Telegram from Shtykov to Stalin transmitting letter from Kim Il Sung to Stalin

    Telegram from Shtykov to Stalin describing Kim Il Sung's positive reaction to Stalin's congratulatory telegram of August 29, 1950.

  • September 13, 1950

    Ciphered telegram, Shtykov to Ministry of Foreign Affairs, Moscow

    Telegram from Shtykov to Moscow requesting that they advise the DPRK government to prepare for the upcoming UN General Assembly session and a statement of the position the Soviet Union will take at the upcoming UNGA session.

  • September 27, 1950

    Telegram from Matveyev (Razuvayev V.N.) to Stalin

    Matveyev describes the state of the Korean People’s Army, particularly the severe status of troops in Seoul and Busan after having encountered American air and ground forces. Matveyev also reports on a meeting between several Soviet and Korean foreign ministers in which Kim Il Sung assumed the tasks of both Supreme Commander-in-Chief and Defense Minister and ordered the deployment of troops northward. Matveyev also outlines the steps he plans to take as a Soviet envoy in aiding the desperate Korean army.

  • September 28, 1950

    Telegram, from Gromyko to Stalin, Transmitting Letter from Kim Il Sung to Stalin

    Kim Il Sung expresses his gratitude. In his telegram Gromyko informs Stalin of other letters from Kim Il Sung concerning the training of 120 Korean pilots in the Soviet Union, the supply of cars to the DPRK, the four advisors to North Korea's Ministry of Internal Affairs, and the wages of the air force cadets of the People's Army who are training in the Soviet Union.

  • September 29, 1950

    Ciphered Telegram from DPRK leader Kim Il Sung and South Korean Communist Leader Pak Heon-yeong to Stalin (via Shtykov)

    Telegram from Kim Il Sung and Pak Heon-yeong telling Stalin of the losses they have incurred following American air and ground attacks in South Korea and of their general lack of supplies and trained personnel.

  • September 30, 1950

    Draft Telegram from Chanfu (Bulganin) to Matveyev (Razuvayev)

    A response to Matveyev’s previous telegram approving the consolidation of power (as Supreme Commander in Chief and Defense Minister) to Kim Il Sung, the formation of six divisions, transport of ammunitions and fuel. Bulganin also unofficially advocates Kim’s plans to request aid from China.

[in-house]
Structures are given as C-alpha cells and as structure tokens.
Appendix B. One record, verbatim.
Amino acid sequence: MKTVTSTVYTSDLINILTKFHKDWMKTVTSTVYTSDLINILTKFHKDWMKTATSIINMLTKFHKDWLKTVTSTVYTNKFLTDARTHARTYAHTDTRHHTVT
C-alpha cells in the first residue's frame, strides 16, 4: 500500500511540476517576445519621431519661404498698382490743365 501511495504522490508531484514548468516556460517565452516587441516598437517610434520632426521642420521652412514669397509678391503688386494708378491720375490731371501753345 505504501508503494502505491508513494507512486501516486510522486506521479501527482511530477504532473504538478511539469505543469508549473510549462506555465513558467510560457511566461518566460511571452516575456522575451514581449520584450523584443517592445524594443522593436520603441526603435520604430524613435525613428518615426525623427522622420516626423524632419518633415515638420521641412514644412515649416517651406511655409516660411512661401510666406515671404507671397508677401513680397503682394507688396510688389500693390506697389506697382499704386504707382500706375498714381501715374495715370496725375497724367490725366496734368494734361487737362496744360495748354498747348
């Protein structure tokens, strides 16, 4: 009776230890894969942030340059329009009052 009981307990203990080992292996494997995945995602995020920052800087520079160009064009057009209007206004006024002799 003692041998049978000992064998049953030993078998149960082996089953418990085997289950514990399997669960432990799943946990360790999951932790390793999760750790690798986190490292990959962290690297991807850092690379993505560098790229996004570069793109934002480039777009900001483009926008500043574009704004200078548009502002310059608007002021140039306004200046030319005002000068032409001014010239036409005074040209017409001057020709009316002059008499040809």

• September 30, 1950

    Memorandum from Gromyko to Stalin, 30 September 1950, with draft cable from Gromyko to Shtykov

    A message from Gromyko to Stalin relaying the assessment of Shtykov that it would be prudent for the Soviet Union to withdraw some nonessential embassy personnel and specialists from North Korea. Gromyko advises that withdrawals should be considered only in consultation with North Korea and the appropriate Soviet ministeries.

  • September 30, 1950

    Ciphered Telegram, Shtykov to Deputy Foreign Minister Andrei Gromyko and Instantsia (Stalin)

    Telegram from Shtykov to Gromyko and Stalin reporting the dire circumstances into which the North Koreans had fallen in the wake of the Incheon landings. Mentioned is a correspondence between the North Koreans and Mao which hinted at possible Chinese aid.

  • October 01, 1950

    Ciphered Telegram, Filippov (Stalin) to Mao Zedong and Zhou Enlai (via Roshchin)

    Telegram from Stalin to Mao and Zhou Enlai asking that they consider moving 5-6 divisions of Chinese volunteers to the China-DPRK border in order to give the North Koreans cover under which to reorganize their troops. Stalin explicitly states that he will not mention this idea to the North Koreans.